— Noted.



Photo from tworedbowls.com

My co-worker brought a batch of these to work. It’s delicious, and reminds me a lot of my mom’s homemade korean rice cakes. Recipe here.


After eating baked chickpeas in Greece, I’ve been kind of obsessed with them. This recipe is an excellent winter weekend soup to make in a big pot. I didn’t have preserved lemon on hand, but sub’d the juice of one lemon. I also forgot to grab a jalapeño and added a tad more cayenne. I also watched the video after making the recipe, and Melissa’s is definitely more stewy. Perhaps why I also didn’t bother with rice, and ate it straight. Delicious.



The last time I was in Korea, my cousin took me to a restaurant that was popular for budae-jigae, which is a stew that came to be during the Korean war, because army soldiers would make it with all the bits that they had on hand. It’s pretty delicious, because it can have any of the amazing non-perishable foods such as ramen, spam and/or hot dogs, all alongside veggies, tofu, rice cake and kimchi in a spicy broth. So, we’re eating this delicious stew, and my cousin tells me that this restaurant’s secret to the amazing flavor is that they add in American cheese slices.


And this cousin, who spoke near perfect English but wanted to be clear, confirmed that it was The American Cheese, the kind that is wrapped in those individual plastic sleeves.

Fast-forward to this past weekend, and it’s blizzarding, and I rationalized that I deserved to try this ramen recipe by Roy Choi:

Recipe: Perfect Instant Ramen

I will tell you that ONE of those yellow plastic wrapped slices was PLENTY, and I did not add the pat of butter. I did fold in a dropped egg (which I normally do when making ramen at home), when it is still boiling and slightly more mixed in so it’s a bit more like egg-drop soup. I used the Korean Jin Ramen brand (which is nice and spicy), and also topped it with some Kimchi.

This is definitely not an everyday meal, but a very special treat.

Being that I am trying my best to stop eating processed foods [Roy Choi is to blame!], I did a little poking around to find the story behind American cheese. The FDA actually banned Kraft from calling it cheese, since it was less than 50% cheese. That’s why the package came to say “Kraft Singles.” The story of its invention is summed up in this article.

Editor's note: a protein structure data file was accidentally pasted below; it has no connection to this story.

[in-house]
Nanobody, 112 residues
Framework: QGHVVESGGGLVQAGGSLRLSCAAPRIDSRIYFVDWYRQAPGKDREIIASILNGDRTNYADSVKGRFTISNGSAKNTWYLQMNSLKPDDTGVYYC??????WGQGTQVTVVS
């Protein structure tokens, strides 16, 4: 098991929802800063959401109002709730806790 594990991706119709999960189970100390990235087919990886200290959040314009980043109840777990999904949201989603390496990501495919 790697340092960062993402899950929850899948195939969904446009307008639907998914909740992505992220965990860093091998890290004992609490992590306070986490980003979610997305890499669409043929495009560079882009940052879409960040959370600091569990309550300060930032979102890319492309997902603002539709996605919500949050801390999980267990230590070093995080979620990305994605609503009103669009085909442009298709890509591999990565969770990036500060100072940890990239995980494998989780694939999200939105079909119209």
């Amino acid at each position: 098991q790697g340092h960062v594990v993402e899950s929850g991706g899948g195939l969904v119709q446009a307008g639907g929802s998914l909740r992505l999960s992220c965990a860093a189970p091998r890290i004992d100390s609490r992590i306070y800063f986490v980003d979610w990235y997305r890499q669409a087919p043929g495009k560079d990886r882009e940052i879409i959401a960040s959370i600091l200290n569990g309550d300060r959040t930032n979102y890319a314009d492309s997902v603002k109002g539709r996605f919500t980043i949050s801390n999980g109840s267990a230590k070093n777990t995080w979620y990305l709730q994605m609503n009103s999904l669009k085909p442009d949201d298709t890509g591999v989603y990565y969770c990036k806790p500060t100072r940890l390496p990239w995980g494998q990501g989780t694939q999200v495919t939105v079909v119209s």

I bought my package from TJ’s, where the organic slices do seem slightly more legitimately made of cheese, even though it is still labeled as “Pasteurized Process Cheese Product.” As a (reluctant) sidenote, this is also lovely on toast with a drizzle of Mike’s Hot Honey. 

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Poster by Farner Rudolf Werbeagentur.

Cynar is an artichoke based liquor, with herb intonations and a genorosity of sweetness which gives its cocktails the profile of a gentler, ever-slightly prettier younger sister of the Negroni. I once had it straight in a fancy bar in Boston called Drink, and it was not what I expected. We had a conversation with the lovely bartender about the cocktail I and my friend fell for when we were traveling together in San Diego, the Bitter Guiseppe. It is an incredibly simple cocktail, certainly easy to make at home (as I made it for the first time for Thanksgiving pre-dinner cocktail hour). The main detail that I would say is crucial, is to use a big ice cube (or a pile of ice that peeks out on top) so that you can sprinkle salt that will sit on that edge as you go for a sip. The mix of hitting that salt, with a sip of the Cynar mixed with vermouth is the perfect definition of sweet + savory.

Recipe: Bitter Guiseppe
from drinksanddrinking.com

2oz Cynar
1oz Carpano Antica sweet vermouth
2 small dashes of salt

Combine ingredients in Old Fashioned Glass over ice.
Cut a lemon peel with enough meat to extract about 10-15 drops of juice
Squeeze juice into the drink, twist peel on top, and stir. Sprinkle top of ice with salt and serve.


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Photo by Lucy Schaeffer for foodandwine.com

This oyster stuffing dish by chef John Besh has become a staple at our Thanksgiving dinner. Be warned; you must love the flavor of oysters, as the briny flavor that comes through is not subtle. It’s what I’m most looking forward to eating.


Video by Jason Lee and Devon Knight, for nytimes.com


I find this recipe interesting, because it skips using bread, something I always thought was integral to the creamy Andalusian gazpacho I know. Julia Moskin’s story behind it is fascinating. Excited to give it a try. Also, the video above – love that there is no need for words or explanation. The future of cooking videos?



What do watermelon, ice cream and pickles have in common? They’re so super perfect in the middle of summertime! I recently learned how to make quick pickles, which are basically pickles that you can make and enjoy as soon as about an hour after marinating.

In the past, I learned how much quick pickling red onions will transform the simplest of fish tacos with this really simple recipe. I like adding a spoonful of sugar, to give it some sweetness.